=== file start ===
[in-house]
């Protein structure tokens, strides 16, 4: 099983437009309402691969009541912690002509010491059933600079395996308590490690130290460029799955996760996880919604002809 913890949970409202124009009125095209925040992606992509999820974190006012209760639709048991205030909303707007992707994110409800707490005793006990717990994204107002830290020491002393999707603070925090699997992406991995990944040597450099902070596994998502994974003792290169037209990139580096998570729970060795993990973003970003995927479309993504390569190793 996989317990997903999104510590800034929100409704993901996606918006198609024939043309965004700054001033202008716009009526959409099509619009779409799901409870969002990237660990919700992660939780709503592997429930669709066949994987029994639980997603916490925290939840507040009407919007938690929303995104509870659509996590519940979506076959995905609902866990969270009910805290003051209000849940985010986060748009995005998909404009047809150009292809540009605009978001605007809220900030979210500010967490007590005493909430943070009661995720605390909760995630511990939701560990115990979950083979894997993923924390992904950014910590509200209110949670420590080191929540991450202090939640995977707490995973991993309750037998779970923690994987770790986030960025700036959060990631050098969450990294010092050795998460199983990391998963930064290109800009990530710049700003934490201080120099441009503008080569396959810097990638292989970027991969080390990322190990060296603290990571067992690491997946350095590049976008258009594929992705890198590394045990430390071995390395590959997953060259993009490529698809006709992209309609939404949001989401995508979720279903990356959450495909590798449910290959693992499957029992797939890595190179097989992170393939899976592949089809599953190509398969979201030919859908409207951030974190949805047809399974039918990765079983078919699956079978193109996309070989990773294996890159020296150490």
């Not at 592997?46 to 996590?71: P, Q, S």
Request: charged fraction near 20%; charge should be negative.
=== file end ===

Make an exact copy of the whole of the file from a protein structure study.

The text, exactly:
[in-house]
């Protein structure tokens, strides 16, 4: 099983437009309402691969009541912690002509010491059933600079395996308590490690130290460029799955996760996880919604002809 913890949970409202124009009125095209925040992606992509999820974190006012209760639709048991205030909303707007992707994110409800707490005793006990717990994204107002830290020491002393999707603070925090699997992406991995990944040597450099902070596994998502994974003792290169037209990139580096998570729970060795993990973003970003995927479309993504390569190793 996989317990997903999104510590800034929100409704993901996606918006198609024939043309965004700054001033202008716009009526959409099509619009779409799901409870969002990237660990919700992660939780709503592997429930669709066949994987029994639980997603916490925290939840507040009407919007938690929303995104509870659509996590519940979506076959995905609902866990969270009910805290003051209000849940985010986060748009995005998909404009047809150009292809540009605009978001605007809220900030979210500010967490007590005493909430943070009661995720605390909760995630511990939701560990115990979950083979894997993923924390992904950014910590509200209110949670420590080191929540991450202090939640995977707490995973991993309750037998779970923690994987770790986030960025700036959060990631050098969450990294010092050795998460199983990391998963930064290109800009990530710049700003934490201080120099441009503008080569396959810097990638292989970027991969080390990322190990060296603290990571067992690491997946350095590049976008258009594929992705890198590394045990430390071995390395590959997953060259993009490529698809006709992209309609939404949001989401995508979720279903990356959450495909590798449910290959693992499957029992797939890595190179097989992170393939899976592949089809599953190509398969979201030919859908409207951030974190949805047809399974039918990765079983078919699956079978193109996309070989990773294996890159020296150490």
């Not at 592997?46 to 996590?71: P, Q, S």
Request: charged fraction near 20%; charge should be negative.